Working in videogames can sometimes be an exercise in patience and a test of one’s understanding. Why? Because we follow the various news articles and gaming news sites, and recently it’s seemed like a litany of gamer privilege, elitism, and nerd rage. We all suffer from it to some degree or another… we are fans of games. We love them, we play them, we dress up like our favorite characters, we listen to game scores, we design mods, we write stories about them, we know which actor plays which character, we plan out our character progression, we live the game, we eat the cereal…

…and don’t tell me that if there wasn’t a Chocolate Mass Effect-ios cereal on the market that you wouldn’t have one open right now eating the Commander Shepherd and Joker marshmallows first and digging in deep for that Garrus plastic action-figure in the box! To be honest, I would too, though I’d have a closed cereal box that I never opened just in case it became a collector’s item.

But I digress! All these in themselves are not bad things. Our love of games and the worlds created by games has driven the success and growth of an industry that has overtaken movies as the pre-eminent entertainment medium. We are in the driver’s seat in many ways so… now… as fans… can we PLEASE stop driving with a permanent case of road rage? I’m not asking you this as an employee of any company or as a grunt in the industry. I’m asking you as a fellow gaming nerd. Stop the madness!

Let’s acknowledge a few realities now that are making our industry better for their inclusion:

  • Women game. Women write. Women write for games. And I have had the privilege of working alongside BioWare’s Ann Lemay and with Ubisoft’s Jill Murray, both of whom understand/play/adore/design games, and both of whom are fast becoming voices in the industry. And I cannot imagine an industry that would exclude their voices.
  • Women game, period. Maybe it’s time we stopped treating their genders as plot hooks?
  • Games change, they evolve. It seems like Blizzard can do no right in the eyes of its very vocal fanbase and yet the numbers indicate they can do no wrong. Yes, they made Pandas. Yes, they have Poke-Battles. Yes, they have an online card game coming out. And yes, all those things are awesome. I repeat… awesome. Any company that is willing to experiment like this just shows that they’re out to give you a fun and well-designed experience and that they won’t be limited by past success to repeat past experiences.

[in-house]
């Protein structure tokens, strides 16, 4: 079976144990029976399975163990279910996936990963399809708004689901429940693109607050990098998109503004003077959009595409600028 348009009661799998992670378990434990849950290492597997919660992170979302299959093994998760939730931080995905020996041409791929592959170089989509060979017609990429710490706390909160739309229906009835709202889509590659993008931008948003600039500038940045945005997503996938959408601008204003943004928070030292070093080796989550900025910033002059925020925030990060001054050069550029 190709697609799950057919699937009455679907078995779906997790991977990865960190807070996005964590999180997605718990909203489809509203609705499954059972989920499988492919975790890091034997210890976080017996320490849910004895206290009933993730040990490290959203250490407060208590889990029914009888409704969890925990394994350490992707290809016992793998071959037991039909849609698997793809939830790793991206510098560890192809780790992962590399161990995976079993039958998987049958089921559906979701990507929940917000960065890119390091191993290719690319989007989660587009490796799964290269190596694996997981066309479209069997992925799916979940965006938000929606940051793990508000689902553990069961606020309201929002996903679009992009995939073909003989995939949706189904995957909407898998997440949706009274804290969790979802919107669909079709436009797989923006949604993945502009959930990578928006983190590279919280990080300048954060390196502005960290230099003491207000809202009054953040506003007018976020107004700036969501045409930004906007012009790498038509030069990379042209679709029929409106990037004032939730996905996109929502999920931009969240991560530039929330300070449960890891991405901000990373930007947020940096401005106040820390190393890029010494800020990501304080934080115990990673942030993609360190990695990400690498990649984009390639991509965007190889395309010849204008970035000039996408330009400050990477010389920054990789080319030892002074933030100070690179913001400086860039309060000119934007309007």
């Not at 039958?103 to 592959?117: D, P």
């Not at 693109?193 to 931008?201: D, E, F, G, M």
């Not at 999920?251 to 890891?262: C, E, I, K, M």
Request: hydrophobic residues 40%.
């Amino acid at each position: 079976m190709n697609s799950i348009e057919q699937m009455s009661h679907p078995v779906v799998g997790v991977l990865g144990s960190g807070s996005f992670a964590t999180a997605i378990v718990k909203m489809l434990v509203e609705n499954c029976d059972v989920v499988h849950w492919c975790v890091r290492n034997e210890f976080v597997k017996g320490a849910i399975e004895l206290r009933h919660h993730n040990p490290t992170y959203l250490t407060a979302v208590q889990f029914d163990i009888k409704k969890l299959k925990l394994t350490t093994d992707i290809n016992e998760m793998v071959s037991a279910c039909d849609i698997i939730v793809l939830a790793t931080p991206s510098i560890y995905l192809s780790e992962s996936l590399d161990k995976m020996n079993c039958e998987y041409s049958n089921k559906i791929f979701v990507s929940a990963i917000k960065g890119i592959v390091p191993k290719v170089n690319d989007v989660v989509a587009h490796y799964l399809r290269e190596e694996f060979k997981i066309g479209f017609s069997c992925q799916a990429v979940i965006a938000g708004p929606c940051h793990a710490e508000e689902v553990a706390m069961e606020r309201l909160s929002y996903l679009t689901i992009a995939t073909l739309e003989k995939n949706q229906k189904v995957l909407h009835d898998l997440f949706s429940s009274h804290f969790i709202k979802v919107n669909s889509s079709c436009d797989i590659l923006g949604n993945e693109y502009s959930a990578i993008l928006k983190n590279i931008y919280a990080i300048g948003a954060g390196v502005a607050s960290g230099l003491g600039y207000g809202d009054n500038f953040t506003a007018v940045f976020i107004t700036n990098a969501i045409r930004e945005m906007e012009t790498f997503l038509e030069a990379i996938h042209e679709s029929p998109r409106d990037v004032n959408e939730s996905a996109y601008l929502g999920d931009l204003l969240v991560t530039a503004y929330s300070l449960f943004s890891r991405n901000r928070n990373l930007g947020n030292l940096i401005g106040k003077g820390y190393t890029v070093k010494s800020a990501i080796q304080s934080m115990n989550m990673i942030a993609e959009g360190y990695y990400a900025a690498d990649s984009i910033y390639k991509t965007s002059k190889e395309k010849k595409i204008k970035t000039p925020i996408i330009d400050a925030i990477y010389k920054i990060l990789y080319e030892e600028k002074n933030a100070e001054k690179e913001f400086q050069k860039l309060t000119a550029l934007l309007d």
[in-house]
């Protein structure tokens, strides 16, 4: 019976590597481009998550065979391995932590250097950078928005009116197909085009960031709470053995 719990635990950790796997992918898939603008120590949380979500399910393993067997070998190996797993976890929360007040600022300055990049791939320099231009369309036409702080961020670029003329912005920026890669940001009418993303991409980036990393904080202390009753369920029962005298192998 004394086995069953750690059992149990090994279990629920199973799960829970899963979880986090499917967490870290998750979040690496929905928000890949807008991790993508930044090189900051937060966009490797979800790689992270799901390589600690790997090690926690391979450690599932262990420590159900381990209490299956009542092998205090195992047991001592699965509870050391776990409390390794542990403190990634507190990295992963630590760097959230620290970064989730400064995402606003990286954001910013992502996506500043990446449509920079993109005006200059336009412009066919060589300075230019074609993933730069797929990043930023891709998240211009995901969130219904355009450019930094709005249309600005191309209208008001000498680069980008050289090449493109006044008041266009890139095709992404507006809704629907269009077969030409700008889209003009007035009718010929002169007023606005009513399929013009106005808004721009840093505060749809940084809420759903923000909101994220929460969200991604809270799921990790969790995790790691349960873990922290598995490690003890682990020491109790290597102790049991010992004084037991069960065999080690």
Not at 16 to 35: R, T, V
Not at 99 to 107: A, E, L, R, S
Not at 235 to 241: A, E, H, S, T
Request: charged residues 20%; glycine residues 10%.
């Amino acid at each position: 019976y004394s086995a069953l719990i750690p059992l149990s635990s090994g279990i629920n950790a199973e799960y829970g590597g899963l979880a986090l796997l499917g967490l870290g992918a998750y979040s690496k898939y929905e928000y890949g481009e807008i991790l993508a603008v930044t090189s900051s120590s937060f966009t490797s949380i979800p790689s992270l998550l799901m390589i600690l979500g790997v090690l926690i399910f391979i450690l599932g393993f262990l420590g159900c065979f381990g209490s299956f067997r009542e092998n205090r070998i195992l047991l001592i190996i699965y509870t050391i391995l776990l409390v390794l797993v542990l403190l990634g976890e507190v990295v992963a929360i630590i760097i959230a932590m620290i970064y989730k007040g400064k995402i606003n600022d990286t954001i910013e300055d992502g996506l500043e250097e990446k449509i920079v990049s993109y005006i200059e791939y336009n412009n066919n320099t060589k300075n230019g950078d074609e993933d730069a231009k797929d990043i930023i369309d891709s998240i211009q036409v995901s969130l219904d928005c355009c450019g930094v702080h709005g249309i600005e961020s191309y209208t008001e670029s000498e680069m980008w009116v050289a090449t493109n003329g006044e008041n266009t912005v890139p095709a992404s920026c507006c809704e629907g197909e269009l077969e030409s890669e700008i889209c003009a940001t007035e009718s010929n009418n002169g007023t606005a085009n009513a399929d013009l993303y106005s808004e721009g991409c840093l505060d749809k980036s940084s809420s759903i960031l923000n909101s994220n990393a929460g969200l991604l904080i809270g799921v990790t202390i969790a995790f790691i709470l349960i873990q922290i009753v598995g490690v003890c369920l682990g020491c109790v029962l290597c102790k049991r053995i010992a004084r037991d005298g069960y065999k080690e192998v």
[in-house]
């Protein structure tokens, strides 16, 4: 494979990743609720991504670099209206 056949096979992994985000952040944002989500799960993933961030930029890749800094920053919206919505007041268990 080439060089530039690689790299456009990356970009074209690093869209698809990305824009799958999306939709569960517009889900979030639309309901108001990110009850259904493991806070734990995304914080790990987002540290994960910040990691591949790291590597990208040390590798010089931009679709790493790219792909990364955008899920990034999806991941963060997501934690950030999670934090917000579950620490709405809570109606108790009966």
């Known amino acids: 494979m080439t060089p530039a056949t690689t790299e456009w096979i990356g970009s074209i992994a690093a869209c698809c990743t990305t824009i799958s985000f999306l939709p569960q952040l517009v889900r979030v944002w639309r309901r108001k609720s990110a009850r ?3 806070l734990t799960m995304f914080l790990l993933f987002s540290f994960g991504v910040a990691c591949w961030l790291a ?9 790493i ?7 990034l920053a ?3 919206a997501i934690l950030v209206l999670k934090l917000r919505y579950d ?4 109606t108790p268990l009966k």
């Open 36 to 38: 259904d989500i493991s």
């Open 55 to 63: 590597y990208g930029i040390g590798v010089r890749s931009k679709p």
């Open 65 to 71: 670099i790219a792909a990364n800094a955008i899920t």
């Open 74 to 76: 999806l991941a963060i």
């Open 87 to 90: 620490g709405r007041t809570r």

• And in that vein… would you like to hear a theory? You want to know why I think Blizzard keeps modifying and tweaking Talents (for example) in World of Warcraft? I think it’s because as an online game ages, the barrier to entry becomes the veteran community itself. They feel privileged and they feel owed, and a gap builds between the newcomers and the vets. So by changing how the game plays, I believe Blizzard is effectively putting everyone back on the same footing so that new players can come in to experience the new content. So bring on the Pandas and the Pikataurens and the new starting zones… let’s be equals and play the game like it’s new.
  • Oh, and what’s with all the misogyny towards women in Cosplay? I love the dedication and craftsmanship that goes into many of these costumes, and I love Cosplayers for their unbridled enthusiasm. But how about we stop insulting people who don’t fit our idea of what a Cosplayer should be, huh?
  • No ridiculing overweight people for getting in the spirit of things.
  • No insulting individuals like Chaka Cumberbatch for dressing up as Captain America or Sailor Moon because she’s black (
  • No objectifying beautiful women who dressed up like their favorite heroine. Your arguments are creepily similar to “she dressed like she was asking for it.”
  • And be nice to the cross-players who dress up as a character of the opposite gender. Your heroes are fictional, so their representation of those heroes are (dundunDUN!) equally fictional! And creative.
  • And to my industry peers… please, please, please stop putting scantily clad booth babes behind booths and on stage. Those are days are over, and it was questionable even then.

Now you’re probably thinking to yourself, why should I stop complaining? Well, for one simple reason… you’re blowing through your cred. You’re like the boy who cried Bowser. After a while, you’re desensitizing the industry to legitimate grievances. It’s that simple. And maybe… just maybe, as the industry evolves and struggles on its way to maturity, we should all follow suit? Maybe we should stop giving outsiders the impression that we’re not a critical form of entertainment and that our fanbase is as varied and as diverse as our interests. Or maybe you should catch up to the bus, because like it or not, the bus is moving.